Are you a new member of Rosemont College's faculty, or a returning member looking to learn more about using the Library for your courses? View this guide to learn about the resources and support available to you from Kistler Library.
ACLS continues to be the leading private institution supporting scholars in the humanities and related social sciences at the doctoral and postdoctoral levels. With the exception of the Mellon/ACLS Public Fellows program, an individual may apply to as many fellowship and grant programs as are suitable. However, not more than one ACLS or ACLS-joint award may normally be accepted in any one competition year.
For the purpose of these competitions, the humanities and related social sciences include but are not limited to American studies; anthropology; archaeology; art history and architectural history; classics; economics; ethnic studies; film; gender studies; geography; history; languages and literatures; legal studies; linguistics; musicology; philosophy; political science; psychology; religious studies; rhetoric, communication, and media studies; sociology; and theater, dance, and performance studies.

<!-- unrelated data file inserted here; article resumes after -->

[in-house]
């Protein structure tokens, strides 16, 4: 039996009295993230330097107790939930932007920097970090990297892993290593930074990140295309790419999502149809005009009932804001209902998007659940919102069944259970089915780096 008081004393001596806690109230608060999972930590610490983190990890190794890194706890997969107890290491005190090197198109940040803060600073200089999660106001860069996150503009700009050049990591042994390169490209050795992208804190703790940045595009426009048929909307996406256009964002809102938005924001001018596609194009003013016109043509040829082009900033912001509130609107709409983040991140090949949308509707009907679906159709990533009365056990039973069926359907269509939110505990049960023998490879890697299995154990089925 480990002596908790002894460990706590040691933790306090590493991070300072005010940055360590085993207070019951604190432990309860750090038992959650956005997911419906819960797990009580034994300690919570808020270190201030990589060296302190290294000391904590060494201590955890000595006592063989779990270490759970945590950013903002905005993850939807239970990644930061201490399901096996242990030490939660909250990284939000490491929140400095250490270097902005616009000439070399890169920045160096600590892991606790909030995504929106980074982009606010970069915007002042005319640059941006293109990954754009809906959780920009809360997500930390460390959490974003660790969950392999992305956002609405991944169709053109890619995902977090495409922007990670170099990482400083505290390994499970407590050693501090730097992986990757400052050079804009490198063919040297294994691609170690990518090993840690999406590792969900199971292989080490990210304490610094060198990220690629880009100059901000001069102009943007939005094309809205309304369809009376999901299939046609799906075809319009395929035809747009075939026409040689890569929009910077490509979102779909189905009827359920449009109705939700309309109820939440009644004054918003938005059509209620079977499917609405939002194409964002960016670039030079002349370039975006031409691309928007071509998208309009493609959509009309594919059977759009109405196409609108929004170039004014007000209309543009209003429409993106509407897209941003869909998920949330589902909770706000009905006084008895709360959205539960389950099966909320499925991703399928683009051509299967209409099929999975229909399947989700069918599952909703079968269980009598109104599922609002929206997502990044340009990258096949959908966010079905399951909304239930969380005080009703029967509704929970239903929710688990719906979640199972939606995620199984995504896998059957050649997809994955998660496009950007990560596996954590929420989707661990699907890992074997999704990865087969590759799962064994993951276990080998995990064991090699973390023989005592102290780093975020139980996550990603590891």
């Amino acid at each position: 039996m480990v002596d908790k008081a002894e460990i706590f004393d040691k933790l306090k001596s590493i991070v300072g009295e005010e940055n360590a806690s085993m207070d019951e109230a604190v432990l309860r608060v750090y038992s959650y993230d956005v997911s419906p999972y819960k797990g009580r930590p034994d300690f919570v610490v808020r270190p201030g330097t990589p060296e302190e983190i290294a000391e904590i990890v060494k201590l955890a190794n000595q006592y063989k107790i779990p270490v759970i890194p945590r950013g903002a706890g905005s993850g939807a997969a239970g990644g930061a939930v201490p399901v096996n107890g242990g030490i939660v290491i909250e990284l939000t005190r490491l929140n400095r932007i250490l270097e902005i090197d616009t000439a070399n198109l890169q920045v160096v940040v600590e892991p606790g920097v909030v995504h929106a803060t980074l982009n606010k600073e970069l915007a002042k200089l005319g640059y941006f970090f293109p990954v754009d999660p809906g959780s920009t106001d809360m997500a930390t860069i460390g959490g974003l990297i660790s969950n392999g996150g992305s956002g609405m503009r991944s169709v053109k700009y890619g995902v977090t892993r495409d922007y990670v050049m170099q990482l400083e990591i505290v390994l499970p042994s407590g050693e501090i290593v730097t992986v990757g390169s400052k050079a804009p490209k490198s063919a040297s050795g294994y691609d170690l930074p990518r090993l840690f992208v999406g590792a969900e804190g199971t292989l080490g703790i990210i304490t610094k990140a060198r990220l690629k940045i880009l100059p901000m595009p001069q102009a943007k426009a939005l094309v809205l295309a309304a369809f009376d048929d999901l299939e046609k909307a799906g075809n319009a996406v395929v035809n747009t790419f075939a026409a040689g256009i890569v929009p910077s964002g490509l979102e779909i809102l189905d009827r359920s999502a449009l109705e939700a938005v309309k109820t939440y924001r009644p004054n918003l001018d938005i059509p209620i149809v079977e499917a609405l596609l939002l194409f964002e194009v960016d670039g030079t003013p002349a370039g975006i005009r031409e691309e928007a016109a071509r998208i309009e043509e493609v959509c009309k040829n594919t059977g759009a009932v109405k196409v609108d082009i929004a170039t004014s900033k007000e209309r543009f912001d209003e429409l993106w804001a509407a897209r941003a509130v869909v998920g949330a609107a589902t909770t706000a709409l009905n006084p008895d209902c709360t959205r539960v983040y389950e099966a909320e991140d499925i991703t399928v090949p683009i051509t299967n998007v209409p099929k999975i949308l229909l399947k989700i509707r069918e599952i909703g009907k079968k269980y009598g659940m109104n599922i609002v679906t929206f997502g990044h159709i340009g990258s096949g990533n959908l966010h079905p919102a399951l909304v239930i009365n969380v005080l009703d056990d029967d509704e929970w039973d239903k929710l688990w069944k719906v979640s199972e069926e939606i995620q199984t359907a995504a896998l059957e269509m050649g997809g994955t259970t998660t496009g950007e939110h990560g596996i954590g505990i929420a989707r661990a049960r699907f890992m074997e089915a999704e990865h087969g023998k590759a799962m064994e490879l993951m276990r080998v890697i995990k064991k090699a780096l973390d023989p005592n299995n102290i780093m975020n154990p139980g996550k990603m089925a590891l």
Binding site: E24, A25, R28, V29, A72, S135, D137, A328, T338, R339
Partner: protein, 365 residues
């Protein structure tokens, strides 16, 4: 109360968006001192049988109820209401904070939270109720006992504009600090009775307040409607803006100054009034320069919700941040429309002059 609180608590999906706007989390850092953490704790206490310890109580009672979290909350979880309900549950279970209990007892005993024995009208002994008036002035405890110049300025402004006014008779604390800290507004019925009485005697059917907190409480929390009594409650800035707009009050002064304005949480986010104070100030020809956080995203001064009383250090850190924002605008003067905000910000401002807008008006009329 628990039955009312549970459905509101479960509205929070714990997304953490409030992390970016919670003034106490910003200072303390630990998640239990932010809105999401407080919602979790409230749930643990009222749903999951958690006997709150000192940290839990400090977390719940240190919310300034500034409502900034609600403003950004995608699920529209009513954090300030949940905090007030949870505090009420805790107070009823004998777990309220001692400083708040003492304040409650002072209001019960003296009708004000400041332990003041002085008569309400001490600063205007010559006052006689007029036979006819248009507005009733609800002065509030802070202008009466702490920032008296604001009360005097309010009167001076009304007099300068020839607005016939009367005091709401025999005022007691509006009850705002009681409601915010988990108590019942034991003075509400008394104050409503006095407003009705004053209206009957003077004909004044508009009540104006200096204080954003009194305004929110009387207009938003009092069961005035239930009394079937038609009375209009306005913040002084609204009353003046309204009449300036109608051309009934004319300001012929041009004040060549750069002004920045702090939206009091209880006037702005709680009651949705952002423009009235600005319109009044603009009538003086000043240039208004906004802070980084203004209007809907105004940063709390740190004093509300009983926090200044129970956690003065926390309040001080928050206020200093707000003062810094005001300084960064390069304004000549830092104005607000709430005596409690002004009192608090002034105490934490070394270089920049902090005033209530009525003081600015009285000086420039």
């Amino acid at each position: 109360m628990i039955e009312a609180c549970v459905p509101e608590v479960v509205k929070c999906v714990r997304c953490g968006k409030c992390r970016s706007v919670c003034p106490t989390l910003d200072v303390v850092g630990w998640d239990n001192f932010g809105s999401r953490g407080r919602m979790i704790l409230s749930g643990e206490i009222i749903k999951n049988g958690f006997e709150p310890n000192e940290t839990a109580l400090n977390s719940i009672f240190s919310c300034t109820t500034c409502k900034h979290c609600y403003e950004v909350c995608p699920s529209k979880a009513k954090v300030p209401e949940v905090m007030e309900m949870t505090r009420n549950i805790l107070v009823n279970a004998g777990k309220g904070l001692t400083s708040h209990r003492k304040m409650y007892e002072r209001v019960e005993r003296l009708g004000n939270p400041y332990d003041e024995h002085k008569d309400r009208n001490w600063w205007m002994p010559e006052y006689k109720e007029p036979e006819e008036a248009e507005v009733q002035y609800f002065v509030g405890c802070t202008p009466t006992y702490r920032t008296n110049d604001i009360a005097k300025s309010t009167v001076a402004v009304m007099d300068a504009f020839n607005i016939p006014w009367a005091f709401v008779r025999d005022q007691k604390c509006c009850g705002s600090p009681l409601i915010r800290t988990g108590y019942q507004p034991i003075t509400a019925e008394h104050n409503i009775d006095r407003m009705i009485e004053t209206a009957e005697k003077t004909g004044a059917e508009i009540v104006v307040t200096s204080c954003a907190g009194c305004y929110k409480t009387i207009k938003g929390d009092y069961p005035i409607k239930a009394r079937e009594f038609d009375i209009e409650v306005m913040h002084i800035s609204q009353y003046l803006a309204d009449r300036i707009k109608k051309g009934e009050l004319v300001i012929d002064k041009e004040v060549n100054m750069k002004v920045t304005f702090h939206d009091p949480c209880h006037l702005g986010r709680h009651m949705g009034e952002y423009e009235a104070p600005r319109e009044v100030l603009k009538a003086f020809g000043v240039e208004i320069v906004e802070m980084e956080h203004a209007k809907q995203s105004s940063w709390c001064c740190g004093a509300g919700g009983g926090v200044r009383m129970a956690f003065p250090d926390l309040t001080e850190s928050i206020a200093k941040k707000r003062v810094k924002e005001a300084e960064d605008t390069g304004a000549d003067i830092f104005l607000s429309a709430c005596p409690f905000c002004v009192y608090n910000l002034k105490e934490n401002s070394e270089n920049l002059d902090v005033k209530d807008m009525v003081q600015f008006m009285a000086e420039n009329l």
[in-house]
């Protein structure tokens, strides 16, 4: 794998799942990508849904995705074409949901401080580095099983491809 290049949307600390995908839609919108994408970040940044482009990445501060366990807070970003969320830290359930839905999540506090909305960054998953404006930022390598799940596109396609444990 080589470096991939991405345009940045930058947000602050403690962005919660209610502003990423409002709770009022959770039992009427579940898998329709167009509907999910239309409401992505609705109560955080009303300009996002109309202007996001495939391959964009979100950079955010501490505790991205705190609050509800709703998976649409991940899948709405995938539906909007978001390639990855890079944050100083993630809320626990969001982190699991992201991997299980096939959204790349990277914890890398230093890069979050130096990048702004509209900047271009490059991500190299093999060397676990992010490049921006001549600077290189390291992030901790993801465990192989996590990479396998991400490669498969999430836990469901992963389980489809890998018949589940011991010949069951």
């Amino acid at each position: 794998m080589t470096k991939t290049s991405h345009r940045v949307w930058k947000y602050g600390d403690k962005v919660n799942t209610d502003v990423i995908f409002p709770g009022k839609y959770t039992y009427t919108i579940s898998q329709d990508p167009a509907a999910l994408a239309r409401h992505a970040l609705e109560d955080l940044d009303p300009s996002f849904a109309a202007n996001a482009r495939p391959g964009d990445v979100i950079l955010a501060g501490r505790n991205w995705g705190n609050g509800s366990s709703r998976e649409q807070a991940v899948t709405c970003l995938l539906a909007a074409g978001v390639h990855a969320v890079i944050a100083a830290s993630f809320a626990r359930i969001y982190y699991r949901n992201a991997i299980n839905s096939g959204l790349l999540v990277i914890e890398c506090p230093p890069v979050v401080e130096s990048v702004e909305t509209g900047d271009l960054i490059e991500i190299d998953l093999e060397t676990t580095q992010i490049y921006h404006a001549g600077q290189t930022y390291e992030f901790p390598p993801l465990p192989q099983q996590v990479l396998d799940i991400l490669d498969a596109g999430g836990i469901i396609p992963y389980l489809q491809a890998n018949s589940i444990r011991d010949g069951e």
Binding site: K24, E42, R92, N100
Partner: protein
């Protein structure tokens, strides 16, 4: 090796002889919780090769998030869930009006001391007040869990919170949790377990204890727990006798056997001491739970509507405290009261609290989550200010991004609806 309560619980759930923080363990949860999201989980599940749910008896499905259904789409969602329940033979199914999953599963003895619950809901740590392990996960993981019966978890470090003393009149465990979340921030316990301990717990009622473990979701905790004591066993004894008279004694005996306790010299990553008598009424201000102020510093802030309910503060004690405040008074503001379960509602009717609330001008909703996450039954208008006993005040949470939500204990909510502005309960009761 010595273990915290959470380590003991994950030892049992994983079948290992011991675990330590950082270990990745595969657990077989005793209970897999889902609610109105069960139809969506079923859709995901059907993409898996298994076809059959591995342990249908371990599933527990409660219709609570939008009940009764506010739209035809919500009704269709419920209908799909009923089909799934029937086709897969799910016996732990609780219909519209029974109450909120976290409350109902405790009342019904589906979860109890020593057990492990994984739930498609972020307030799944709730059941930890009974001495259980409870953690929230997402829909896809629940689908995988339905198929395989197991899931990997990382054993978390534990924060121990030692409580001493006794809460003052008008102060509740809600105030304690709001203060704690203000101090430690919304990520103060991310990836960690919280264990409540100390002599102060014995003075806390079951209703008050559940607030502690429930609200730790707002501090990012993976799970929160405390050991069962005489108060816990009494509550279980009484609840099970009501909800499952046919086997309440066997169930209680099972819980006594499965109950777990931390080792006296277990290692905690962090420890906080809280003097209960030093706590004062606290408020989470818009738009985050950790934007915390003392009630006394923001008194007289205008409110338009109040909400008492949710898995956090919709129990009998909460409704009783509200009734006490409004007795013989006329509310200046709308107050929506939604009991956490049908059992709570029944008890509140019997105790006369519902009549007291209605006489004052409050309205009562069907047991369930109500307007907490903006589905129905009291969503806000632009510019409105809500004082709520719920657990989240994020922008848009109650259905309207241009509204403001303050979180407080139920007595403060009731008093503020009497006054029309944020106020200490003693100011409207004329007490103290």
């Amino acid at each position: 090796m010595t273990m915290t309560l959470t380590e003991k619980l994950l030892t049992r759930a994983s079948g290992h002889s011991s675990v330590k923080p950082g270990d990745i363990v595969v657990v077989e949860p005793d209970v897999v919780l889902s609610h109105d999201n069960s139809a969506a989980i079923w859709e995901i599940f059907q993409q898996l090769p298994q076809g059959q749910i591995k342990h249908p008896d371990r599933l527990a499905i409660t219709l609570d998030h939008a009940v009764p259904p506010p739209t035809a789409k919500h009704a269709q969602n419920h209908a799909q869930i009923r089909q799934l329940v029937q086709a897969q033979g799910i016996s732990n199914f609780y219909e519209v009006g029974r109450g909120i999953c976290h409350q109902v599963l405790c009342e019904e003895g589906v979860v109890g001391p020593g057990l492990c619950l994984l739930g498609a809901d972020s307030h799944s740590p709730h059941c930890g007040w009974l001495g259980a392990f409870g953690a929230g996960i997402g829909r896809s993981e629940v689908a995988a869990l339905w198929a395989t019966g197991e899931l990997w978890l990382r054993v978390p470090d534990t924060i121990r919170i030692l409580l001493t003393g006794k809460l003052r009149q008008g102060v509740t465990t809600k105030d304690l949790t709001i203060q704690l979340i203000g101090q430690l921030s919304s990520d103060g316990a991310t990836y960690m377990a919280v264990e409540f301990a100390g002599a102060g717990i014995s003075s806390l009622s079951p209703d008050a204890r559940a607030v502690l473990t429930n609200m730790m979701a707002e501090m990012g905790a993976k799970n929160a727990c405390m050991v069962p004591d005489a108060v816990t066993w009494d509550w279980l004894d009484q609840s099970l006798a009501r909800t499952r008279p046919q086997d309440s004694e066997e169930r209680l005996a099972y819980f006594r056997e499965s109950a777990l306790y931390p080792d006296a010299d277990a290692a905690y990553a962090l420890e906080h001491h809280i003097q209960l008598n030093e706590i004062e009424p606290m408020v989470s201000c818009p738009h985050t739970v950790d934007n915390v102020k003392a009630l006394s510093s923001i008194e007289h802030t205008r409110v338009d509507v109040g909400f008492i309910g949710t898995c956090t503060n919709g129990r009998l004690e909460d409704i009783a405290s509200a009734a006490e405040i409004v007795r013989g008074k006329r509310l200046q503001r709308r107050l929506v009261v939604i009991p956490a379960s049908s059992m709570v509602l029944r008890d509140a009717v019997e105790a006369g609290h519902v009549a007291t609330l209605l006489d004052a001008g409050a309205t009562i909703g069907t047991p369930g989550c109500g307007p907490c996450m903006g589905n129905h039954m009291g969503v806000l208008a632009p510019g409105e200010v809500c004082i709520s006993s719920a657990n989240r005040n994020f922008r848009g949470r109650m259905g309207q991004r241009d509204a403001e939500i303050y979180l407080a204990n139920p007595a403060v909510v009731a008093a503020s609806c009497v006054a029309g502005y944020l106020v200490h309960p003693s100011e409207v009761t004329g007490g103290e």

However, proposals in the social science fields listed above are eligible only if they employ predominantly humanistic approaches and qualitative/interpretive methodologies (e.g., economic history, law and literature, political philosophy, history of psychology). Proposals in interdisciplinary and cross-disciplinary humanities and related social sciences are welcome, and most programs do not restrict the focus of research to any geographic region or to any cultural or linguistic group of study.
The American Antiquarian Society offers three broad categories of visiting research fellowships, with tenures ranging from one to twelve months. All of the fellowships are designed to enable academic and independent scholars and advanced graduate students to spend an uninterrupted block of time doing research in the AAS library. Discussing this work with staff and other readers is a hallmark of an AAS fellowship.
AAUW American Fellowships support women scholars who are completing dissertations, planning research leave from accredited institutions, or preparing research for publication. Applicants must be U.S. citizens or permanent residents. Candidates are evaluated on the basis of scholarly excellence; quality and originality of project design; and active commitment to helping women and girls through service in their communities, professions, or fields of research.
Since its founding in 1919, recognizing outstanding scholarship has been one of the ACHA’s key missions. To that end, the Association has established several awards to honor the best research and writing in our field.